Various equipment and techniques help us better understand what is happening beneath the surface for your furry friend. Our Madison vets discuss diagnostic imaging for dogs and cats and how CT scans and X-rays help us treat your pet.

What are CT scans and X-rays for dogs and cats?

Diagnostic imaging helps us gain valuable insight into the function of your pet's internal systems and issues affecting their internal structures. Two of the most common types of diagnostic imaging that we routinely perform are CT scans and X-rays.

Computed tomographic imaging, also known as a 'CT' or 'CAT scan,' produces multiple individual images or 'slices' throughout a region of interest in your cat or dog's body. A common comparison to an image produced by a CT scanner is individual slices of bread that make up a complete loaf. Using this machine, your vet can take a series of images, which are 2D 'slices' and put them together to gain a full 3D view of your pet's structures. This reconstruction of your cat's body can be helpful if you are planning for surgery or any other intensive treatment. Once the images are produced, they are sent to a veterinary specialist to review and interpret. 

An X-ray is a quick, painless test that produces images of the structures inside your cat and/or dog's body. Mainly your cat's and/or dog's bones. X-rays pass through the body and are absorbed in different volumes depending on the bone or tissue density they have to pass through.

What to Expect From Routine Diagnostic Imaging for Dogs & Cats

X-rays help your vet see your pet's bones, tissues, and internal organs, diagnosing issues such as broken bones, bladder stones, swallowing foreign objects, and more.

These images produced with X-rays can help vets spot some tumors, pregnancy, and enlarged organs, which may lead to a diagnosis like heart disease or cancer. A detailed view, however, of organs, tissues, and ligaments cannot be obtained using X-ray technology. Other diagnostic imaging, such as MRI and ultrasounds, are more beneficial in these cases. An X-ray of a pregnant dog can also help you prepare for the birth of puppies by letting you know how many puppies your dog is expecting and whether a c-section may be required for any reason.

The high-resolution images produced by the CT machine help us evaluate your pet's anatomy in great detail—a detail that we would otherwise not be able to see using standard X-rays. CT scanners provide excellent detail of the body's bony and soft tissue structures. 

Should you prepare your pet for a visit to our laboratory?

Often, an X-ray and CT scan will be done at the time of concern, so you will not need to worry about preparing your pet for a visit to our veterinary diagnostic laboratory. In some cases, the imaging may be booked for a future date at our veterinary diagnostic laboratory, and the vet will provide you with detailed instructions to prepare your pet.

Will my cat or dog need to be sedated for their visit?

Sedation is commonly used to help the vet perform the imaging procedure without issues and minimal risk to people and pets. If your dog or cat can quietly and comfortably lie on the table to the imaging appointment, your vet may proceed without sedation.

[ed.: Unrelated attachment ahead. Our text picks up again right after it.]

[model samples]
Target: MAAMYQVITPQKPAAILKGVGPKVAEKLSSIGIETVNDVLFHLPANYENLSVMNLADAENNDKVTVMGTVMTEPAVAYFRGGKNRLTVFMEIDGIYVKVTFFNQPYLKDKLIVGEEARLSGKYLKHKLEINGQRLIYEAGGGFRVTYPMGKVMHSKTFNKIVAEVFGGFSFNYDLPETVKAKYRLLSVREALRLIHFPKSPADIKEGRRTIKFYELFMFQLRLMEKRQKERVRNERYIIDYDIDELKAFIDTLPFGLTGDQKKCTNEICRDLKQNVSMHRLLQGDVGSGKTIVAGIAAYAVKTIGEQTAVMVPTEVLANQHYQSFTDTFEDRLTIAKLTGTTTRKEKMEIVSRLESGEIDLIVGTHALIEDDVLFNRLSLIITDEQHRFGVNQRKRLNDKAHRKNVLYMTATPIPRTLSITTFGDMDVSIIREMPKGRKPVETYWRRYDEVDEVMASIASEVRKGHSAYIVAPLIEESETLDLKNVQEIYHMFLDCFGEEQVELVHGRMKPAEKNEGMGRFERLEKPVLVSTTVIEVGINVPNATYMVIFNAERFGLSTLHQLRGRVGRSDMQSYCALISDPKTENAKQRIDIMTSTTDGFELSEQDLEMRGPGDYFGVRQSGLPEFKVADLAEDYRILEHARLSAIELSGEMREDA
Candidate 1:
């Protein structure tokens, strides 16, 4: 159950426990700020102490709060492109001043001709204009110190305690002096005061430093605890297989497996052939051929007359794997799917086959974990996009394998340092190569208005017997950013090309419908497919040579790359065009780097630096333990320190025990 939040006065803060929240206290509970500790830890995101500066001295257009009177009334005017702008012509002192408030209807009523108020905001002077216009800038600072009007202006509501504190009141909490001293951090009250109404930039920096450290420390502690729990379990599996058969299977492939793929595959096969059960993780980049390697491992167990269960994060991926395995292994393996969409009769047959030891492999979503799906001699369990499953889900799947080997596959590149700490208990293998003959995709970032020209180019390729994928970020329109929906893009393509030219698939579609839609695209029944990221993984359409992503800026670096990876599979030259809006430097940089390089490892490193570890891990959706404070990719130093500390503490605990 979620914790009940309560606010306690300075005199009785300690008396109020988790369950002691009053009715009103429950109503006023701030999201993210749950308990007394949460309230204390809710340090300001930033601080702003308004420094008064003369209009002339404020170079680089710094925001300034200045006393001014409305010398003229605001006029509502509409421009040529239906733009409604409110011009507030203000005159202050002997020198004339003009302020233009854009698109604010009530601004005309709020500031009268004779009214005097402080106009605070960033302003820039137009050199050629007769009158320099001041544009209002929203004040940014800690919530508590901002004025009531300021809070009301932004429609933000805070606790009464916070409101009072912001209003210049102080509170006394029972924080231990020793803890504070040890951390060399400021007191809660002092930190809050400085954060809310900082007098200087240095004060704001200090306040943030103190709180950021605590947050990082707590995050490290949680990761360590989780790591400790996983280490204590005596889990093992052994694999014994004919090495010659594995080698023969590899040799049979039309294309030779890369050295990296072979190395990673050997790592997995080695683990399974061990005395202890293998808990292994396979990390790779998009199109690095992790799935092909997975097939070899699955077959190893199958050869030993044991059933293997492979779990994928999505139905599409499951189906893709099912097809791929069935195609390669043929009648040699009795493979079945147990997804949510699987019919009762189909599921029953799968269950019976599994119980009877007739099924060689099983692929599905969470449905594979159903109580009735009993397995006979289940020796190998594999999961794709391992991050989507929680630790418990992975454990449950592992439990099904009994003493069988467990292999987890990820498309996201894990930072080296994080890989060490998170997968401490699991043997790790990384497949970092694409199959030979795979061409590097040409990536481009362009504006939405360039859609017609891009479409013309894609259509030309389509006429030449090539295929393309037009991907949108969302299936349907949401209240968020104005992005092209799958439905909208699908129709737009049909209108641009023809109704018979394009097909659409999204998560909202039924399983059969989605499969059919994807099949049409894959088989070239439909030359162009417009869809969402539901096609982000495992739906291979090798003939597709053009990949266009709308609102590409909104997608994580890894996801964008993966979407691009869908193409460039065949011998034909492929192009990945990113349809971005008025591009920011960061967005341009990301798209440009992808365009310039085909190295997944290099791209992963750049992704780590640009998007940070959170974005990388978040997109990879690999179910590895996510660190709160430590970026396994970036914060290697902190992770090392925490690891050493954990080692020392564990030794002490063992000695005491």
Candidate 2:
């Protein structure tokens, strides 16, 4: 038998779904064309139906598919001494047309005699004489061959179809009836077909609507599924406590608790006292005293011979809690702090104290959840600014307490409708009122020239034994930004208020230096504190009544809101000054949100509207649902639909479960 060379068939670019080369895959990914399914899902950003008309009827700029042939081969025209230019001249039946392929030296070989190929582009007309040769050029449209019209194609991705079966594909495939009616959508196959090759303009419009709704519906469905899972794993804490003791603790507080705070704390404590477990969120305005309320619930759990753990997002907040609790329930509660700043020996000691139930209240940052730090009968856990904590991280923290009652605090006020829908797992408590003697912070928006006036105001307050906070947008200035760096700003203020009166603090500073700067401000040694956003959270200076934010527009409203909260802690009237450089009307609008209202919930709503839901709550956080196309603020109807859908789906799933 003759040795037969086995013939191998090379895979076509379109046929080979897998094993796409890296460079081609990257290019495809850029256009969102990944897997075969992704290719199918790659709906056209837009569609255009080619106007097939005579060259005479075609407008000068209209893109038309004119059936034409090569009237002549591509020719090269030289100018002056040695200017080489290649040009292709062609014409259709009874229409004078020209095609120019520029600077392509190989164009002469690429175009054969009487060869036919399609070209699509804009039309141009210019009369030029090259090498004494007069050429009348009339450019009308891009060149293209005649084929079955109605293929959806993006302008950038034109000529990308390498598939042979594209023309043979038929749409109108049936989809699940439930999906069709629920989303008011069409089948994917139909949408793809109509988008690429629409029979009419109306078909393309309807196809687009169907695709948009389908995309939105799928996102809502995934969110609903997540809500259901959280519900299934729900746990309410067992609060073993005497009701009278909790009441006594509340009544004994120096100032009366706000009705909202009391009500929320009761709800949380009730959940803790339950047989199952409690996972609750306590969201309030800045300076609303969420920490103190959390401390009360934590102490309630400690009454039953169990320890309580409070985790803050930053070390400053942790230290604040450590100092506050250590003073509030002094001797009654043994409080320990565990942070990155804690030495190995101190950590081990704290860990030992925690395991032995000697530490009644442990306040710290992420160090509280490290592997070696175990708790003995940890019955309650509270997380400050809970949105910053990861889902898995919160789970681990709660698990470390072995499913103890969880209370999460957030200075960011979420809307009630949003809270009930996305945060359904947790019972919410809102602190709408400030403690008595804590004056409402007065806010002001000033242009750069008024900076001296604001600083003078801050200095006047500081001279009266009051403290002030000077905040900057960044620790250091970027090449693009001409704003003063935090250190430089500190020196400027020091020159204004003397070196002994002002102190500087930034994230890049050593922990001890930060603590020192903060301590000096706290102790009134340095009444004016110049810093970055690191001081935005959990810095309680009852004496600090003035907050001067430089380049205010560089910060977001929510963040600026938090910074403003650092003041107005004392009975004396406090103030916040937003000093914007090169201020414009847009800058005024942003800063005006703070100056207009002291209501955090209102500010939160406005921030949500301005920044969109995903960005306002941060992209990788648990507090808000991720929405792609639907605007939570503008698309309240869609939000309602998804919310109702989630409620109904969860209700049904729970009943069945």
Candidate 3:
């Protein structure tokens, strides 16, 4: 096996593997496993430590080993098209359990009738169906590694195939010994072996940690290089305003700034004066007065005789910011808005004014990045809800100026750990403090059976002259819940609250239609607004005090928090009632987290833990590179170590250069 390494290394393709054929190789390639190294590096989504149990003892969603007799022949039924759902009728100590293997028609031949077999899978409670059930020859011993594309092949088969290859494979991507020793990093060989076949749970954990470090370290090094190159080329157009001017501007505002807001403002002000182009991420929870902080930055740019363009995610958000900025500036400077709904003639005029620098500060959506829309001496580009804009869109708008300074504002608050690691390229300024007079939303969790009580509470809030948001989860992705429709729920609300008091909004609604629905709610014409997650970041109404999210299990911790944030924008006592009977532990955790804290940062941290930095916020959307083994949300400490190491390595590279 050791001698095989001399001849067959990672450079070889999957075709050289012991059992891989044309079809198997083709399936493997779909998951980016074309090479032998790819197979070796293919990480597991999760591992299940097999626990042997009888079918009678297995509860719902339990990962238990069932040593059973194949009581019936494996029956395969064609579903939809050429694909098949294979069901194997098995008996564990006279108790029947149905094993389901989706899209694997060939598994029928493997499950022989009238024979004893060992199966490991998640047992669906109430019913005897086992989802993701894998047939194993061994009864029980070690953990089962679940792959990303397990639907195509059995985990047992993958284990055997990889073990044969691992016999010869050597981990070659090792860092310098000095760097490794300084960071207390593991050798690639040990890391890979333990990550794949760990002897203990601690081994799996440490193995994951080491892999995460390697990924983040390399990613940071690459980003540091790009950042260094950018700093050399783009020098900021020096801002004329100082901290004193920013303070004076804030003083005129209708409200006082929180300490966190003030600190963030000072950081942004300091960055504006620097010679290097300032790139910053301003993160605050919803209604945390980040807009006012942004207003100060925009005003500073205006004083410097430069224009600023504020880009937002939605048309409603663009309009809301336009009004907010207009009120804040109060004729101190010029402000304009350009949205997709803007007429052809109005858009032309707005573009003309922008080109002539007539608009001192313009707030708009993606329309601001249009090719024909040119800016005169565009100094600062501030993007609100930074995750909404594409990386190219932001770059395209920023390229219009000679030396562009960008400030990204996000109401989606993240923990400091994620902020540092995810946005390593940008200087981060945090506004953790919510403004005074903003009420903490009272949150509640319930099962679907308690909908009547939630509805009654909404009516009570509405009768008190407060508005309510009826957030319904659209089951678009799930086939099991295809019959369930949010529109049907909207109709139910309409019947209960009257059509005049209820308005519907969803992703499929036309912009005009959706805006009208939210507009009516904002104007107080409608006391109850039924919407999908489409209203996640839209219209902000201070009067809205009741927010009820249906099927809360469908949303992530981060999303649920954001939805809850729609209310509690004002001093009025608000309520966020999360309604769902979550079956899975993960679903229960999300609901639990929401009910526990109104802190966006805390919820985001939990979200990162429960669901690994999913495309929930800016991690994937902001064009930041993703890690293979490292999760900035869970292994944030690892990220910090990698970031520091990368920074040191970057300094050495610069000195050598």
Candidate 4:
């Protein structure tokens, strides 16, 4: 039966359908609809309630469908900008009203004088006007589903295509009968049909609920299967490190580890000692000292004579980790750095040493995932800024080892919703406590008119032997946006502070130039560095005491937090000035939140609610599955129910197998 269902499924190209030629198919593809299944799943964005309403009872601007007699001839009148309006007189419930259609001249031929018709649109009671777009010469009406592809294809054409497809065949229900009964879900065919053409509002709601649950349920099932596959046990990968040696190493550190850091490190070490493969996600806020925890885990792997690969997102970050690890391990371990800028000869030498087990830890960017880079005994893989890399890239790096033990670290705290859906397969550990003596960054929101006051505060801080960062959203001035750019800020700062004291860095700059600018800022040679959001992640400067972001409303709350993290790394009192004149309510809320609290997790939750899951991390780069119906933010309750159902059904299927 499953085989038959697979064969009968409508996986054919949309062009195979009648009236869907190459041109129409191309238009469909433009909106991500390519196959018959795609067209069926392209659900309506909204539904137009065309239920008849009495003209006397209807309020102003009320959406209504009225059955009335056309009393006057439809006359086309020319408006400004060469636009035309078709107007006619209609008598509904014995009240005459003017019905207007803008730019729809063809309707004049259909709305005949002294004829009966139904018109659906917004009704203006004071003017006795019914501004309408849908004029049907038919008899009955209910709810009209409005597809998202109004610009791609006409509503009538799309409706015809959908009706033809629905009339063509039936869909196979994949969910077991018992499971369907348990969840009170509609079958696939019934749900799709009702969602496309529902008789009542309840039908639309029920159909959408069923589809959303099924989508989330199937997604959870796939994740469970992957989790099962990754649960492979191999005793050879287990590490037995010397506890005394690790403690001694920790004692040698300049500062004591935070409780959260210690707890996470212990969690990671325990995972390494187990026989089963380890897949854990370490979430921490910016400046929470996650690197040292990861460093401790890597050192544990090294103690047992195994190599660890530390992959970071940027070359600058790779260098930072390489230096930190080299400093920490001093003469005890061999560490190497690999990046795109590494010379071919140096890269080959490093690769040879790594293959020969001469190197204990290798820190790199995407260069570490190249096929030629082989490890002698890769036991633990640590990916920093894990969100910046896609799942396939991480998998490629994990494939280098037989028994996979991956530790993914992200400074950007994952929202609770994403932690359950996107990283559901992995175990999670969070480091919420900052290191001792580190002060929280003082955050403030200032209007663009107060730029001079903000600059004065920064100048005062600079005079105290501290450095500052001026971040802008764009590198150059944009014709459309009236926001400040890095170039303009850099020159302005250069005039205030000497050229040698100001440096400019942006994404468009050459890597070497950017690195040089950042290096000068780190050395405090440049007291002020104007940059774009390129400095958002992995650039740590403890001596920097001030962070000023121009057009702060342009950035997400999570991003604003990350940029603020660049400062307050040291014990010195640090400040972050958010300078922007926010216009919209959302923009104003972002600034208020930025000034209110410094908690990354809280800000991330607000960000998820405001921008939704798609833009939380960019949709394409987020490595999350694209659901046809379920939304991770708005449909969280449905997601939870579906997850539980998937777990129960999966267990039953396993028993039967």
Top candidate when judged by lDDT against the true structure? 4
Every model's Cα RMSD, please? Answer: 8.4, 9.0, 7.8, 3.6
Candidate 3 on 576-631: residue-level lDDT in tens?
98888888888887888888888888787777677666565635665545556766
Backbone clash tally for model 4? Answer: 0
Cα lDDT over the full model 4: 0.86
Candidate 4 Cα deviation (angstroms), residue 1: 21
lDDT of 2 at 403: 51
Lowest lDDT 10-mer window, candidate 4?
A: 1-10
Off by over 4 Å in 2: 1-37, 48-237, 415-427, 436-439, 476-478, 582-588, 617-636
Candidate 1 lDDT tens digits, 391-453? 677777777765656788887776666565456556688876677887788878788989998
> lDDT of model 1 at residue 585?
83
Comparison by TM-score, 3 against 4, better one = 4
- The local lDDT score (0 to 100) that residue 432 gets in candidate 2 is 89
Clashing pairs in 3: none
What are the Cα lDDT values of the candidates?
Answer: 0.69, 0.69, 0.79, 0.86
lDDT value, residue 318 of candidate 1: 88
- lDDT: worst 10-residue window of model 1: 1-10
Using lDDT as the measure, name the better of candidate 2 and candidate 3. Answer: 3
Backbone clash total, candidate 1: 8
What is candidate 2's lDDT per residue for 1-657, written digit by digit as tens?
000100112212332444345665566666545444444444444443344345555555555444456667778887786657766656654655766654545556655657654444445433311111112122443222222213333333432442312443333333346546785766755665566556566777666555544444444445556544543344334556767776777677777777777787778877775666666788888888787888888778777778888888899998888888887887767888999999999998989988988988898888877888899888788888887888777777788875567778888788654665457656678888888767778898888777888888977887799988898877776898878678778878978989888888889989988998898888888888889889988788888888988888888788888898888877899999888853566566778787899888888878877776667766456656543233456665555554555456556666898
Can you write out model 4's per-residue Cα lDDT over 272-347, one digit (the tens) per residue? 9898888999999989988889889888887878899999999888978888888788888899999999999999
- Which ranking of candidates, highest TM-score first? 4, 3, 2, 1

On the other hand, if your dog or cat is squirmy, edgy, or in pain, sedation will be recommended. Other reasons why sedation may be used during your pet's X-ray or scan include whether the dog's or cat's muscles need to be relaxed to get a clear image or when the X-ray is used on the skull, teeth, or spine.

A CT scan is a very safe procedure. Like an X-ray, CT scans use ionizing radiation, which is not harmful to pets at the low doses at which they are used.

Is veterinary diagnostic imaging safe for pets?

Radiation is involved while using X-rays and CT scanners is generally considered safe for dogs and cats. So, X-rays and CTs are used only occasionally and generally as diagnostic tools. Sometimes, vets use X-ray technology to glean information about a dog's pregnancy. Other forms, however, of imaging such as ultrasounds, could be used in that case.

You can contact your vet to express concerns about diagnostic imaging for cats and dogs. They will be able to explain the risks versus the benefits in your dog's or cat's particular case.

What do CT scans and X-rays cost for dogs and cats?

As with many other veterinary care services, the costs will vary from clinic to clinic and from pet to pet when you bring your dog or cat in for diagnostic imaging. This is because several different factors contribute to the final cost.

This can include the clinic's location, the practitioner's expertise, and the type of equipment used. The age and species of your pet and any additional treatments, such as sedation, also affect the final amount you will pay.

Please speak with your vet to discuss your pet's estimated cost and a bill breakdown.

Note: The advice provided in this post is intended for informational purposes and does not constitute medical advice regarding pets. Please make an appointment with your vet for an accurate diagnosis of your pet's condition.

If you want to learn more about your pet's upcoming imaging appointment at our veterinary diagnostics lab, please contact our Madison vets today.